Back Pain

When to See a Doctor about Your Back

Sometimes it is obvious when you should consult a physician about a back problem. You or someone close to you may have had an accident and you suspect a broken back or other serious injury. Or you may have back pain or stiffness so severe that you cannot continue your normal activities. The following are some specific danger signs or symptoms of possible back disease that should prompt you to consult a physician:

  • A backache that persists for more than two weeks. Most backaches, like colds, go away by themselves in a few days or weeks. If a backache lasts longer, it may mean that it is caused by some more serious back disease that should be treated. 

Back Pain Causes and Remedies

  • Pain that shoots down your leg toward your foot, or down your arm toward your hand, whether accompanied by a backache or not. Such pain may mean that a herniated disc or other diseased tissue is pressing against a nerve in your back or neck. 

pinched nerve

  • Pain that shoots down your leg toward your foot, or down your arm toward your hand, whether accompanied by a backache or not. Such pain may mean that a herniated disc or other diseased tissue is pressing against a nerve in your back or neck. 
  • Muscular weakness in your leg or foot, or in your arm or hand. This can mean that something is pressing upon a nerve carrying messages from your brain to that limb.
  • A backache so severe that it wakes you in the night. Most backaches feel better when you he down. One that does not might be caused by some more serious disease, such as an infection or tumor, that should be treated without delay. 
  • Inability to control urination or defecation. Again, this is a sign that some diseased tissue may be compressing crucial nerves in your back.
  • Neck pain or back pain in a child. While most adults, particularly as they get older, do have backaches from time to time, back pain is much less common in children, and is more likely to be caused by a specific disease that should be treated. 

Whom to See about Your Back ?

Most people probably first consult the family doctor. There are several types of medical doctors (M.D.s) who are likely to serve as physicians of first contact. While the number of general practitioners (G.P.s) in the United States is diminishing, new specialists called family physicians (F.P.s) have been trained to take care of all family members, whatever their age, and also to treat many kinds of disease. As a formal medical specialty, family practice dates back only to 1969; today it includes about 131400 practitioners and is growing rapidly. Internists (who number about 75,000) usually take care of adults from adolescence on, and specialize in internal medicine. They primarily treat disorders of the internal organs (such as the heart, kidneys and gastrointestinal tract) and also such diseases as arthritis and cancer. Pediatricians treat newborns through adolescents for all sorts of diseases.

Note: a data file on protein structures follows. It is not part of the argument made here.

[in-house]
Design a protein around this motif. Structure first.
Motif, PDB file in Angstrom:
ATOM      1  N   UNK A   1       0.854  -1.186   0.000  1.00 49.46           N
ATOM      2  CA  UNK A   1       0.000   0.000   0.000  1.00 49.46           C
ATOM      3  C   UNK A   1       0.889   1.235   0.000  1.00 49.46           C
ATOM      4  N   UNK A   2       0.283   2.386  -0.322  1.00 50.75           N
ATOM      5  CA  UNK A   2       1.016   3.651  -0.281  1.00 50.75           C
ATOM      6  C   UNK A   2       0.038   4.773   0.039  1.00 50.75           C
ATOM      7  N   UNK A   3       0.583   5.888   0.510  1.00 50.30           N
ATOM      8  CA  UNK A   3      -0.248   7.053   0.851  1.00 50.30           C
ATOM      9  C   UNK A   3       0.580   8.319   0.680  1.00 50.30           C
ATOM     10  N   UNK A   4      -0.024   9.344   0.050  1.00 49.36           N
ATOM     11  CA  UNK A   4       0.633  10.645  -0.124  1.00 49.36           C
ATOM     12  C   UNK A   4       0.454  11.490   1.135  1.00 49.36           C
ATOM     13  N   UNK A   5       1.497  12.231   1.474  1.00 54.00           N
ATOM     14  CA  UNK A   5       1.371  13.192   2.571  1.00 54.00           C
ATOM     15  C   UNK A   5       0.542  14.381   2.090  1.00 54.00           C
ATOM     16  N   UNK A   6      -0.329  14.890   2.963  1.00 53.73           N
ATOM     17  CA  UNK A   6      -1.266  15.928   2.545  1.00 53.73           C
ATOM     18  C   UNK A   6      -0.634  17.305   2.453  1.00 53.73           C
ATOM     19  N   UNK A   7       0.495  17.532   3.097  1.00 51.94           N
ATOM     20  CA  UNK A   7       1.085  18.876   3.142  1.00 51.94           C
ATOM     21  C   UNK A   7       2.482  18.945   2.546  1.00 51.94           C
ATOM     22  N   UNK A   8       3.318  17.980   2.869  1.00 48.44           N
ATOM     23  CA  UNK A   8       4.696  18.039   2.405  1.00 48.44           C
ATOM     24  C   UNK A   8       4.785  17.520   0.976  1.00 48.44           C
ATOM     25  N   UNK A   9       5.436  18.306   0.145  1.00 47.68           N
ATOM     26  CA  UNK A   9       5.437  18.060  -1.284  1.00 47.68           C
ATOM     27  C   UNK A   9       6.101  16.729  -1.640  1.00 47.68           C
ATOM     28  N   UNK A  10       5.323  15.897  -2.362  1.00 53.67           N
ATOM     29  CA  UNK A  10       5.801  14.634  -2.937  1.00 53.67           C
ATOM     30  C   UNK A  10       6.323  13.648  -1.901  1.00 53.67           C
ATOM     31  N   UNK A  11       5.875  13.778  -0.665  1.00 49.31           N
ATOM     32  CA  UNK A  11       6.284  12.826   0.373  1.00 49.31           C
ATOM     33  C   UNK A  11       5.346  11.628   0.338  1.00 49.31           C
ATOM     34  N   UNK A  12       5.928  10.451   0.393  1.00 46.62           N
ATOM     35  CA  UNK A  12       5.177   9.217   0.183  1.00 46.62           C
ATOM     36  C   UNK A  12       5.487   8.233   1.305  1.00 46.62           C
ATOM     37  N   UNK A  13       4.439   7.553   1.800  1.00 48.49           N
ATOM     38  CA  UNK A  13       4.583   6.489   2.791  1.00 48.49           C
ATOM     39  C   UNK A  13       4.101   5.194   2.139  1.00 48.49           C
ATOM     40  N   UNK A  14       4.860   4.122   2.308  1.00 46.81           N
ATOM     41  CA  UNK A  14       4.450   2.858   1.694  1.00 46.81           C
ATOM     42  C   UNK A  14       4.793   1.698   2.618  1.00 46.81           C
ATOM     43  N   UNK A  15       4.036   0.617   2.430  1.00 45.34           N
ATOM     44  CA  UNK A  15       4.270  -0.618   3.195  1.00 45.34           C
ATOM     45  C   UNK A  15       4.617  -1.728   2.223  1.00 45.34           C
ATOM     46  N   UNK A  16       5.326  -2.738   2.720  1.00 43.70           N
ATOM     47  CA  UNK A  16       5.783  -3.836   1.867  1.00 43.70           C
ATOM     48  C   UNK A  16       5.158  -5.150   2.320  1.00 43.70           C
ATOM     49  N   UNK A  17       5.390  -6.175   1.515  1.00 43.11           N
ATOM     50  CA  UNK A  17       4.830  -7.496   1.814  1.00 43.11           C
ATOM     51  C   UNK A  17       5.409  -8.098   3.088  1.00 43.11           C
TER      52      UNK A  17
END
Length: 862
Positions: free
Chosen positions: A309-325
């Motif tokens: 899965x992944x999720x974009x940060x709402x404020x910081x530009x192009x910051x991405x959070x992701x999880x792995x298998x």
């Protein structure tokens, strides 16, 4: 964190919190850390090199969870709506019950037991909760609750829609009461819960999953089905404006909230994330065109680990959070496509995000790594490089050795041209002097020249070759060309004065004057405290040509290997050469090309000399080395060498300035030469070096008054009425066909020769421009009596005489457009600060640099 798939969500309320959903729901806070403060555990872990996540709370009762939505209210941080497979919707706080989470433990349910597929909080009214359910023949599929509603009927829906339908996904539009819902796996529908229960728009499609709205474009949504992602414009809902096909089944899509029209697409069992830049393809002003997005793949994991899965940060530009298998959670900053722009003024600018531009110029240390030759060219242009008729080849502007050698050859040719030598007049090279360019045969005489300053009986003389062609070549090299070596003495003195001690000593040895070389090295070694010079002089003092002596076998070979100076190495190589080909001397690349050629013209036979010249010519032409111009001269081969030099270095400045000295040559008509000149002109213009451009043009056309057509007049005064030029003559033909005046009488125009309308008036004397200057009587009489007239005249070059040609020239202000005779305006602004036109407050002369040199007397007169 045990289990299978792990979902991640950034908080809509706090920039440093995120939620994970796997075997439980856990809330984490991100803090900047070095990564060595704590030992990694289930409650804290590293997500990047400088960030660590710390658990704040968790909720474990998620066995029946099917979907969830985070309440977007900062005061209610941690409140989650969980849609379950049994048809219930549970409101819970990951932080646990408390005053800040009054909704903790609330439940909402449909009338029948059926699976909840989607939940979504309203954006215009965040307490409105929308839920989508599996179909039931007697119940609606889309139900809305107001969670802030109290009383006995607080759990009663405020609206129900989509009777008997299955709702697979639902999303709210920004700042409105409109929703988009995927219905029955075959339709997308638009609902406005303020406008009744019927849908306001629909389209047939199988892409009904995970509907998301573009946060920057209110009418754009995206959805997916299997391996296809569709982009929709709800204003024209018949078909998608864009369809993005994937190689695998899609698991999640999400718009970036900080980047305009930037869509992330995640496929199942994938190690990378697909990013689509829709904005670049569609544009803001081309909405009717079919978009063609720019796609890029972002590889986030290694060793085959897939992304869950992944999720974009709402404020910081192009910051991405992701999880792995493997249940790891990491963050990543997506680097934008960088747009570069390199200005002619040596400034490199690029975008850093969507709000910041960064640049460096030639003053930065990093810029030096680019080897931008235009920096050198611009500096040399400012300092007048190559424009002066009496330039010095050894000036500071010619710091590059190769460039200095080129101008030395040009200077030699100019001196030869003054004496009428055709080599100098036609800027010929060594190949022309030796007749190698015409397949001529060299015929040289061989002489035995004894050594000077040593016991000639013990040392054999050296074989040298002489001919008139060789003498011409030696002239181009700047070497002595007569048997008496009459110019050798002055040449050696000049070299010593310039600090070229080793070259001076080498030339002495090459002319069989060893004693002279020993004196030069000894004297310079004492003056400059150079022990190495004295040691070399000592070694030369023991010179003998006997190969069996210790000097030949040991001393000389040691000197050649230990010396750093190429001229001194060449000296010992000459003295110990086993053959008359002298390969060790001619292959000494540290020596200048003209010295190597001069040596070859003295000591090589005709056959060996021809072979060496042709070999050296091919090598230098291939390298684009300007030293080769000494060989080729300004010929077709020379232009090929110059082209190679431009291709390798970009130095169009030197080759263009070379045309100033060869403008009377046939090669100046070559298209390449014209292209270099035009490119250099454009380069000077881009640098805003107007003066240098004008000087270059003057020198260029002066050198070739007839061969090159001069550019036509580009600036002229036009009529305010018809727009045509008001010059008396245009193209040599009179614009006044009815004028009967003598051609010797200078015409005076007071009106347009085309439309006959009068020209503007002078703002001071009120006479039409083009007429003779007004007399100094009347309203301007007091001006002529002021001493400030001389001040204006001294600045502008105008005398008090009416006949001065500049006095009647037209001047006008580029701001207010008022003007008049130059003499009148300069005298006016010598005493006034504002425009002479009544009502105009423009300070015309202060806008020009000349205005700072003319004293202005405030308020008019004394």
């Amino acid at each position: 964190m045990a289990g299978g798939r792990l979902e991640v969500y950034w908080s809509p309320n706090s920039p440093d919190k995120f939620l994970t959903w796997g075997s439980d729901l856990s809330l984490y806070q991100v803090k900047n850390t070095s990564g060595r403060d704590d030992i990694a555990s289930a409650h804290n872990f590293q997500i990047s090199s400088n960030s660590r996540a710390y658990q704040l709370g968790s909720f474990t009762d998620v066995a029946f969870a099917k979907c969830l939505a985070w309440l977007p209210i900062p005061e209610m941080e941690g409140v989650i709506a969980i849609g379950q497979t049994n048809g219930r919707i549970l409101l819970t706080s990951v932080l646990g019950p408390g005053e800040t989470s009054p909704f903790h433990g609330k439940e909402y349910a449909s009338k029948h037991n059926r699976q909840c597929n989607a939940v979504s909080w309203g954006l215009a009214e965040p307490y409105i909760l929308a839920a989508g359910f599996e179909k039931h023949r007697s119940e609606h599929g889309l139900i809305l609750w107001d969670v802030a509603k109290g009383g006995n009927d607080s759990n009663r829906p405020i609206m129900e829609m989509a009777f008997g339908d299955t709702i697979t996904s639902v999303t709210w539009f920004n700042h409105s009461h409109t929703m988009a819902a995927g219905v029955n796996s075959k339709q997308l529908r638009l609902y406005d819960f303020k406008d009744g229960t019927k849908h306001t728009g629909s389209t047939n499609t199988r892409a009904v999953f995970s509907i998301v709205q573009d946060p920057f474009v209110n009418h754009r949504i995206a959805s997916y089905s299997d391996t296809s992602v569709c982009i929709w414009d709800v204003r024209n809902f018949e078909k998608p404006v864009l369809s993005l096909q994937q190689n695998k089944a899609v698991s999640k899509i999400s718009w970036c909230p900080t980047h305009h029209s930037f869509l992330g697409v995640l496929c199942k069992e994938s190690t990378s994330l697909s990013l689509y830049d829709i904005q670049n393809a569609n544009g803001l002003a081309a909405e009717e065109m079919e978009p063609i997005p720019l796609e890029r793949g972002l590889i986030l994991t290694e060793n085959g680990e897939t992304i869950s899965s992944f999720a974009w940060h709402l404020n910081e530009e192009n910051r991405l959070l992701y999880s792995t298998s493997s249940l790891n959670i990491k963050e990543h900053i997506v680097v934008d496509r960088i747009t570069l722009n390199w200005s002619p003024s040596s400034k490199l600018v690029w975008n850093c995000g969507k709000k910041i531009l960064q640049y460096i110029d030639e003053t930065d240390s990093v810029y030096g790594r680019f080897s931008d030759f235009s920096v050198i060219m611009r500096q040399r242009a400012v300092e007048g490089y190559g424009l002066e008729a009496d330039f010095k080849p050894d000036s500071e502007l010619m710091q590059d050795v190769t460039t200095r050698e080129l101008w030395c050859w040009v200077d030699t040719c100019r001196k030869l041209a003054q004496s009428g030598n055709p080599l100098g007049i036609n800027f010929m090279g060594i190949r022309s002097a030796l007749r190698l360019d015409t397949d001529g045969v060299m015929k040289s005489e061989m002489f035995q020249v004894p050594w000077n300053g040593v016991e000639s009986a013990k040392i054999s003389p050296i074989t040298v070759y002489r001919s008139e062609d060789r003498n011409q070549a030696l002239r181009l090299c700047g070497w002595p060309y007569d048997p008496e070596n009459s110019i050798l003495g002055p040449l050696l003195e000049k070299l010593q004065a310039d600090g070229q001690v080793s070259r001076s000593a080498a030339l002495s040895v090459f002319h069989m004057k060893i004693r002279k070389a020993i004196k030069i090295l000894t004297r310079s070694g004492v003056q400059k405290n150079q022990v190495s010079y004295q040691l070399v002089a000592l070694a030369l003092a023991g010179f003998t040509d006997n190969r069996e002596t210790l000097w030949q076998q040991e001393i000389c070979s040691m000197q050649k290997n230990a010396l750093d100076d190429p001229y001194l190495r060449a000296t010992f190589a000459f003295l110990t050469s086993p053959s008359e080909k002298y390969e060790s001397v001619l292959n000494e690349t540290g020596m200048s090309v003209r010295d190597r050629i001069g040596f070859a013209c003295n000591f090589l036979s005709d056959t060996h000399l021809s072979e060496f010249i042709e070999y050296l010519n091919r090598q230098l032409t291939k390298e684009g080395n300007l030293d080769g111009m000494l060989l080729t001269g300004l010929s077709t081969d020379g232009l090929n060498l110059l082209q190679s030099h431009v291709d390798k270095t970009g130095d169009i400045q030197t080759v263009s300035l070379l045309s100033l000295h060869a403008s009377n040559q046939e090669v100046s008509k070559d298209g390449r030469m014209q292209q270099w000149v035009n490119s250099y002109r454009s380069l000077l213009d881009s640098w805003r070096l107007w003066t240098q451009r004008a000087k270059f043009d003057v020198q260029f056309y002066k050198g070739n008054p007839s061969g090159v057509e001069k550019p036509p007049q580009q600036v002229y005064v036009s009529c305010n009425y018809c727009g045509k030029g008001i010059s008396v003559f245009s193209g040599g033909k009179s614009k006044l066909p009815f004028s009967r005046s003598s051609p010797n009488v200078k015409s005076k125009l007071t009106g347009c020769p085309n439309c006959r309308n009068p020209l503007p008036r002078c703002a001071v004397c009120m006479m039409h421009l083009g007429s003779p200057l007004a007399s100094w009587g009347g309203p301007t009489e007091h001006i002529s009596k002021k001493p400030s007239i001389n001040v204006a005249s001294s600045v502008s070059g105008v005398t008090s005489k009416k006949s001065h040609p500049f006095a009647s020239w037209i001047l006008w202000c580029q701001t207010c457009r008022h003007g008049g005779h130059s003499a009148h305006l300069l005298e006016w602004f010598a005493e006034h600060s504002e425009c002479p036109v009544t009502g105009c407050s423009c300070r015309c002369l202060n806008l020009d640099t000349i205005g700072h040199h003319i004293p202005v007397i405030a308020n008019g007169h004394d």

Depending upon the particulars of your back problem, these primary-care physicians may or may not refer you to another specialist. Rheumatologists are internists who have taken two years of additional training to specialize in treating the many forms of arthritis. Orthopedists or orthopedic surgeons, who receive a total of five years training after medical school, specialize in treating people with injuries and diseases of the musculoskeletal system: the bones, joints and related nerves, ligaments and muscles.

Neurosurgeons, who also receive five years of postdoctoral training, specialize in surgery involving the brain, spinal cord and other nerves. Physiatrists specialize in physical medicine, the use of physical agents such as heat, sound, electricity and exercise to rehabilitate disabled and handicapped people.

doctor talk to patient

Many people alternatively consult doctors of osteopathy (D.O.s) about back problems. Osteopathy was founded in 1874 by Dr. Andrew Taylor Still, a Kansas frontier physician who had served in the Civil War. Dr. Still’s original philosophy emphasized the central role of the musculoskeletal system in health and disease and the use of spinal manipulation—forcefully bending, twisting and stretching the spine—as therapy. Today, osteopathy has evolved into a parallel system of medical care utilizing all conventional methods of diagnosis and treatment (including drugs and surgery) while retaining an emphasis on the musculoskeletal system and spinal manipulation. Osteopathic physicians receive a scientific education and training generally similar to that of M.D.s: usually four years of college, four years at an osteopathic college, and at least a year’s internship training in an osteopathic or other approved hospital before they can be licensed.